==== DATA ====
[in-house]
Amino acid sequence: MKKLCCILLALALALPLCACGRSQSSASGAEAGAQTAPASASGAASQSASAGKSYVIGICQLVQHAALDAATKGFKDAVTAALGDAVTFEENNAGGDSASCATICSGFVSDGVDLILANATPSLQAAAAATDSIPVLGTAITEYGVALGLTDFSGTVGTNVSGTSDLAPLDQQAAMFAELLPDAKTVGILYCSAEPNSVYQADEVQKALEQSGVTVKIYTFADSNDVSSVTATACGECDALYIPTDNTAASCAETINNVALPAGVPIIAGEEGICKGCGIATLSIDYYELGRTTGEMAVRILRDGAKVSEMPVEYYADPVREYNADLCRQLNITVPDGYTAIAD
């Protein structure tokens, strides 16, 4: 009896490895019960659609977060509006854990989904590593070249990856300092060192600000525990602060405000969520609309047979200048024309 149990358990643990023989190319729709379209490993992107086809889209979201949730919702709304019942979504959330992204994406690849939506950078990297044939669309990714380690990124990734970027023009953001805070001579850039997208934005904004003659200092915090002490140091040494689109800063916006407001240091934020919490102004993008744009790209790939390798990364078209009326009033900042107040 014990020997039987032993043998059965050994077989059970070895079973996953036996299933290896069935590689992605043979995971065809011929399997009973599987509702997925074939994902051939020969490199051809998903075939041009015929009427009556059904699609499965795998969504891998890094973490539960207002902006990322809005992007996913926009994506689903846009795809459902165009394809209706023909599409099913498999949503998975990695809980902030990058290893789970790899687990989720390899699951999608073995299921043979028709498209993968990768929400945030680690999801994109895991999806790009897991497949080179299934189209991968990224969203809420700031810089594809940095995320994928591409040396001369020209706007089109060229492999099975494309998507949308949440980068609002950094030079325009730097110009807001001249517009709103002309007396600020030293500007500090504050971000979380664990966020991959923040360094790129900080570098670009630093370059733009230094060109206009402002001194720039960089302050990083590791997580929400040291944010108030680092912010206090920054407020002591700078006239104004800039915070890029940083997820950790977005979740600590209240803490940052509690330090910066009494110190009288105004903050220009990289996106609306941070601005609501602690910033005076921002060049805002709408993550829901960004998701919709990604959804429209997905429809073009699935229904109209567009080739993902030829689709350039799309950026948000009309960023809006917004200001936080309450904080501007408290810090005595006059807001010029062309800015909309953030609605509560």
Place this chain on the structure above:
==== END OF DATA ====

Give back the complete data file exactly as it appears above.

[in-house]
Amino acid sequence: MKKLCCILLALALALPLCACGRSQSSASGAEAGAQTAPASASGAASQSASAGKSYVIGICQLVQHAALDAATKGFKDAVTAALGDAVTFEENNAGGDSASCATICSGFVSDGVDLILANATPSLQAAAAATDSIPVLGTAITEYGVALGLTDFSGTVGTNVSGTSDLAPLDQQAAMFAELLPDAKTVGILYCSAEPNSVYQADEVQKALEQSGVTVKIYTFADSNDVSSVTATACGECDALYIPTDNTAASCAETINNVALPAGVPIIAGEEGICKGCGIATLSIDYYELGRTTGEMAVRILRDGAKVSEMPVEYYADPVREYNADLCRQLNITVPDGYTAIAD
């Protein structure tokens, strides 16, 4: 009896490895019960659609977060509006854990989904590593070249990856300092060192600000525990602060405000969520609309047979200048024309 149990358990643990023989190319729709379209490993992107086809889209979201949730919702709304019942979504959330992204994406690849939506950078990297044939669309990714380690990124990734970027023009953001805070001579850039997208934005904004003659200092915090002490140091040494689109800063916006407001240091934020919490102004993008744009790209790939390798990364078209009326009033900042107040 014990020997039987032993043998059965050994077989059970070895079973996953036996299933290896069935590689992605043979995971065809011929399997009973599987509702997925074939994902051939020969490199051809998903075939041009015929009427009556059904699609499965795998969504891998890094973490539960207002902006990322809005992007996913926009994506689903846009795809459902165009394809209706023909599409099913498999949503998975990695809980902030990058290893789970790899687990989720390899699951999608073995299921043979028709498209993968990768929400945030680690999801994109895991999806790009897991497949080179299934189209991968990224969203809420700031810089594809940095995320994928591409040396001369020209706007089109060229492999099975494309998507949308949440980068609002950094030079325009730097110009807001001249517009709103002309007396600020030293500007500090504050971000979380664990966020991959923040360094790129900080570098670009630093370059733009230094060109206009402002001194720039960089302050990083590791997580929400040291944010108030680092912010206090920054407020002591700078006239104004800039915070890029940083997820950790977005979740600590209240803490940052509690330090910066009494110190009288105004903050220009990289996106609306941070601005609501602690910033005076921002060049805002709408993550829901960004998701919709990604959804429209997905429809073009699935229904109209567009080739993902030829689709350039799309950026948000009309960023809006917004200001936080309450904080501007408290810090005595006059807001010029062309800015909309953030609605509560």
Place this chain on the structure above: